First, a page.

Alan Class Comics

Astounding Stories issue 67

The history of Marvel UK in the 1970s

Foreword: Alan Class Comics

In the early ’60s, while American comic book readers enjoyed a revolution in the industry, thanks mainly to Marvel Comics’ new roster of relatable and fallible characters, UK readers had a more difficult time enjoying this renaissance. For a while the only way readers in this country could read a US comic was by hunting for second-hand copies in flea markets. But if you were lucky enough to be on holiday at one of Britain’s many seaside resorts then you had the opportunity of reading Marvel’s stories courtesy of Alan Class ComicsContinue reading Alan Class Comics

Superman: The High-Flying History of America’s Most Enduring Hero by Larry Tye

In early 1938 Action Comics no. 1 was published and a new genre of entertainment was born – the comic book had arrived. Although comics, in one shape or another, had been around for over three years it took this comic to cement the industry and create the first superhero and an American icon: Superman. Written and drawn by two Cleveland youngsters, Jerry Siegel and Joe Shuster, the comic was published by National Allied Publications (later DC Comics). Action Comics was an instant success: the first issue sold 130,000 copies and within three years Superman comics would be selling over 1.5 million copies a month.  Continue reading Superman: The High-Flying History of America’s Most Enduring Hero by Larry Tye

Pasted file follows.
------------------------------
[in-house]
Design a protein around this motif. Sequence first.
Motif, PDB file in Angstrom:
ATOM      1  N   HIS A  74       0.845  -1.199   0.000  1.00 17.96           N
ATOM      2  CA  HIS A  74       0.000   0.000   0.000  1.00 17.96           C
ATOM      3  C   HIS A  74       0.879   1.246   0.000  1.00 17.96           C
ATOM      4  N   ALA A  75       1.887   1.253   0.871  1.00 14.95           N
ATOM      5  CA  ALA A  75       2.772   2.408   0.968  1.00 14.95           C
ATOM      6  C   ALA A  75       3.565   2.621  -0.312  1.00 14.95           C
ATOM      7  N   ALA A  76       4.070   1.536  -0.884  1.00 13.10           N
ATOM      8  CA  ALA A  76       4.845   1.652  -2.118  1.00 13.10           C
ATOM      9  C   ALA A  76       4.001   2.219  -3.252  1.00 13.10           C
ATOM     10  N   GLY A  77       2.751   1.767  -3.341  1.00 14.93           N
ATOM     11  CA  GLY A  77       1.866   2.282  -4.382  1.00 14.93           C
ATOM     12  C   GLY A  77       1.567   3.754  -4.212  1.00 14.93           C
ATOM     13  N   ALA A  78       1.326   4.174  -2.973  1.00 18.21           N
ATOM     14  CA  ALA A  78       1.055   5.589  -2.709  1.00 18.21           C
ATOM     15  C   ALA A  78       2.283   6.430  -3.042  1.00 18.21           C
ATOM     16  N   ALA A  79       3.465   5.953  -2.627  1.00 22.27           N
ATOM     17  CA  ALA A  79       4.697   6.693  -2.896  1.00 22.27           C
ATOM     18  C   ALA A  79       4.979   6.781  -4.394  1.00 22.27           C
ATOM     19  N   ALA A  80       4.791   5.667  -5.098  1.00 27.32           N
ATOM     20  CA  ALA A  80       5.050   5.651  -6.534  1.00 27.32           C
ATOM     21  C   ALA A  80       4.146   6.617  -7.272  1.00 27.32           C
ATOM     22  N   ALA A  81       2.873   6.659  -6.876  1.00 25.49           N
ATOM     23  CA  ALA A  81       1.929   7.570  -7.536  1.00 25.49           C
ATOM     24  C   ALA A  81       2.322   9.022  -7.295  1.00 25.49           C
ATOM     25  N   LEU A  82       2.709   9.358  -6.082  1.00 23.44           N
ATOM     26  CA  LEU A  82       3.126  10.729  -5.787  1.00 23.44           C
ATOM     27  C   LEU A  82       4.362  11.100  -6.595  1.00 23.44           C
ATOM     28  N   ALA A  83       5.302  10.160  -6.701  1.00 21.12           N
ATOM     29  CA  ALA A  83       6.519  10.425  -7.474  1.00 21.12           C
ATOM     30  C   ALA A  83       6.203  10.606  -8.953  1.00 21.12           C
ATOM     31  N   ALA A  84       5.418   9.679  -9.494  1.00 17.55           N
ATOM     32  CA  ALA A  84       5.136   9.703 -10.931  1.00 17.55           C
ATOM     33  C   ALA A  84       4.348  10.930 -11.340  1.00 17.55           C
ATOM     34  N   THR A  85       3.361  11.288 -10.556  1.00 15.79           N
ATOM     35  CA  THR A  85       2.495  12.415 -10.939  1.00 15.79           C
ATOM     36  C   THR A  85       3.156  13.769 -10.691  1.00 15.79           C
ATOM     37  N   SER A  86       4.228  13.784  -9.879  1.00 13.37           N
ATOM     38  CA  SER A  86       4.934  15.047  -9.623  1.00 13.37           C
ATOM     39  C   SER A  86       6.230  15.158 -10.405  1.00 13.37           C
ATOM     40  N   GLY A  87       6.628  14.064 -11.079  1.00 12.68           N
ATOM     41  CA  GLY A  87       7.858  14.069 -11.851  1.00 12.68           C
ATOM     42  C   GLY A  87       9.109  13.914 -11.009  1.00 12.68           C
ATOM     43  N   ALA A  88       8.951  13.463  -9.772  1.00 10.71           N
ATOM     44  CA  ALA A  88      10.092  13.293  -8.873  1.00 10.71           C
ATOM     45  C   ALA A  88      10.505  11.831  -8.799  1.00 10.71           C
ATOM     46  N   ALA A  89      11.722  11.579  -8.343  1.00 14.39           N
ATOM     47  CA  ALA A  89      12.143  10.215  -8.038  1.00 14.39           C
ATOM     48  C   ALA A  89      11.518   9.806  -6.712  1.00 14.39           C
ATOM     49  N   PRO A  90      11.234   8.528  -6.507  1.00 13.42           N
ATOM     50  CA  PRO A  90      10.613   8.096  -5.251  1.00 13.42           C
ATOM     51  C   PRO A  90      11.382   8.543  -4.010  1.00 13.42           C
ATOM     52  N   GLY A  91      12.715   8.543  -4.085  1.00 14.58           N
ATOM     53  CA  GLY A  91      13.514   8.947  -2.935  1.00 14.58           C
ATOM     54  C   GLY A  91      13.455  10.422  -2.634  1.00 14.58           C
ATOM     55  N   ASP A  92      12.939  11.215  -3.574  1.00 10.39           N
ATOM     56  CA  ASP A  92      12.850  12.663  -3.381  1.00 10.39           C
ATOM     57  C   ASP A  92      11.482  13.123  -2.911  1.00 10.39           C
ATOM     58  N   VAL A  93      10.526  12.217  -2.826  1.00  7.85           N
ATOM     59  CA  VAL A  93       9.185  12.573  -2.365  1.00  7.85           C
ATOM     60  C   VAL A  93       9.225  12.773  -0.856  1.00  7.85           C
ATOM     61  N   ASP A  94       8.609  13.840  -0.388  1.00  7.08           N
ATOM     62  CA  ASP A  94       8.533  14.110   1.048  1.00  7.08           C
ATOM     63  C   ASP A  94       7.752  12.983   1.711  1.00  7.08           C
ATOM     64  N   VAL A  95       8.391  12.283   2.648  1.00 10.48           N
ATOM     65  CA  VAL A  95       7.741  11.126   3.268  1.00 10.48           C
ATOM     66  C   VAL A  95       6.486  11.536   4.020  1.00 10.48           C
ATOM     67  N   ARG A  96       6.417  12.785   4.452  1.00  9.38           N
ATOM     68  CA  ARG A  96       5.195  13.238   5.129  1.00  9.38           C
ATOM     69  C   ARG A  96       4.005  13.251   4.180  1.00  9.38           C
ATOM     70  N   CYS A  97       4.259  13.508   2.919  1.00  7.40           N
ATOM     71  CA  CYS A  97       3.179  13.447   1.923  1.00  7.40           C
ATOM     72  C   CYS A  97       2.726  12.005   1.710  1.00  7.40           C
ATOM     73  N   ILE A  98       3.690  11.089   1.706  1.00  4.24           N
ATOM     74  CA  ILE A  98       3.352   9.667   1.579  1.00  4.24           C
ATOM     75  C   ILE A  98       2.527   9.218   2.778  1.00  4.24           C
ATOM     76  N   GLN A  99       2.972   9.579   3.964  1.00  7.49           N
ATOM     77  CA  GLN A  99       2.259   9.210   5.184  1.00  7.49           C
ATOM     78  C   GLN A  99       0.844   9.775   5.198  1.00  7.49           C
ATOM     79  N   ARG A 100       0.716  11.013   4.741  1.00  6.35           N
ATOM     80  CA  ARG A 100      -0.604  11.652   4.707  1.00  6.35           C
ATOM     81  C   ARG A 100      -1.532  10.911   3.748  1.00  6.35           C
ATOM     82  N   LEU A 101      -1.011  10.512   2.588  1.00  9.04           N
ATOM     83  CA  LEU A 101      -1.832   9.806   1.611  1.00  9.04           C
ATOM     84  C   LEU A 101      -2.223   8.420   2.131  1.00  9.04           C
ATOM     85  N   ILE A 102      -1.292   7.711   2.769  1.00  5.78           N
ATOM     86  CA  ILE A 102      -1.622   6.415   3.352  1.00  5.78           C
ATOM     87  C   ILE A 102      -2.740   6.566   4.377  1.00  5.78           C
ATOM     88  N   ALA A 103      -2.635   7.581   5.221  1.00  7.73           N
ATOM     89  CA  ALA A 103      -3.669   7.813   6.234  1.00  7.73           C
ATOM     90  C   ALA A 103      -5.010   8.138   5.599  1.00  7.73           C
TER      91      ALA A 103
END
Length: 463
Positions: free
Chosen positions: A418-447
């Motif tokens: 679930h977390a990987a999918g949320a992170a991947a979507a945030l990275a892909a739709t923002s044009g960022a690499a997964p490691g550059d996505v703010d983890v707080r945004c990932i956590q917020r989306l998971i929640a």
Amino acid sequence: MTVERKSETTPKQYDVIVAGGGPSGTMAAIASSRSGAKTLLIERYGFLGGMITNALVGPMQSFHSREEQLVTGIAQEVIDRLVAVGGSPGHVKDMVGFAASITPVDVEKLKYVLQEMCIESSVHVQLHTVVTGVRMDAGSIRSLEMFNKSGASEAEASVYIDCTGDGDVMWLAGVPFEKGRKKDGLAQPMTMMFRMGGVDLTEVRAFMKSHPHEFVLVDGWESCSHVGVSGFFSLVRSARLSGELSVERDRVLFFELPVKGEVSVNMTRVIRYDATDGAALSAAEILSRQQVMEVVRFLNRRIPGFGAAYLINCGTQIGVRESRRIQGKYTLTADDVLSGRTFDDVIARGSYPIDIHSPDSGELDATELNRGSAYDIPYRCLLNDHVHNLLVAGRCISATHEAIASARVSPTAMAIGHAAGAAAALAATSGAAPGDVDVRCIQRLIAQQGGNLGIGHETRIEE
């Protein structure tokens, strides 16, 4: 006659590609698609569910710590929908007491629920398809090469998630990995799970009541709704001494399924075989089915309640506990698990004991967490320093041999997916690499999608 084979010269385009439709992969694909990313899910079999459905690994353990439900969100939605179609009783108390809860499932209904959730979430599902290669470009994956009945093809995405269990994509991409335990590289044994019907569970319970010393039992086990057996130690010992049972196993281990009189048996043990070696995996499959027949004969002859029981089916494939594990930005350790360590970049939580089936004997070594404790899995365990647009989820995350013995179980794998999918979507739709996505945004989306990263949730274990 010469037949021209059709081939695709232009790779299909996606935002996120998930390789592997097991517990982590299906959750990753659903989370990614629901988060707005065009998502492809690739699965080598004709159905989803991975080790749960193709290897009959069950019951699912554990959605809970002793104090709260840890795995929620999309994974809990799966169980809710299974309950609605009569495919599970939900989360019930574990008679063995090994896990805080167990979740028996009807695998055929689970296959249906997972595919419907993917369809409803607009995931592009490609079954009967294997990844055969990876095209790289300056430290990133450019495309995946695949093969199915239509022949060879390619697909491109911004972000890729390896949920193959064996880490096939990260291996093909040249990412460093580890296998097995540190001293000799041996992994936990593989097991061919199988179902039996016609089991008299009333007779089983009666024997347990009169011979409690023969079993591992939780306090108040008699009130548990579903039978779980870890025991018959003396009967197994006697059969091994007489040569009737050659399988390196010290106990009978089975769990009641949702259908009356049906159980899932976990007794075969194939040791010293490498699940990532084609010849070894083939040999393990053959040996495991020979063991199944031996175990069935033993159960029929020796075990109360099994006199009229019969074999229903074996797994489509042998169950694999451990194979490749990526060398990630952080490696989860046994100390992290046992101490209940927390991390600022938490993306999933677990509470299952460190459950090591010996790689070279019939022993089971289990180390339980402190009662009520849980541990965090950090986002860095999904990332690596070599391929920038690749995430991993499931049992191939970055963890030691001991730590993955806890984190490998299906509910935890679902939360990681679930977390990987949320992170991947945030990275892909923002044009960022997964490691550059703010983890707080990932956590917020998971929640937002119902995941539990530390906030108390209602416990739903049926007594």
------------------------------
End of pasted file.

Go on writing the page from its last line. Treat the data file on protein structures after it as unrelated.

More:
Power Comics

Power Comics logo

The history of Marvel UK in the 1970s

Foreword: Power Comics

In 1972 Marvel Comics created a UK division to oversee the publication of reprints of its highly successful American titles. As there was no reliable distribution network in place in the UK copies of original Marvel comics were notoriously difficult to find, so the company believed that setting their own UK based subsidiary to oversee distribution was the best way to go.  Continue reading Power Comics

Rampage Monthly (Marvel UK)

 Rampage Monthly issue 2

The history of Marvel UK in the 1970s

Rampage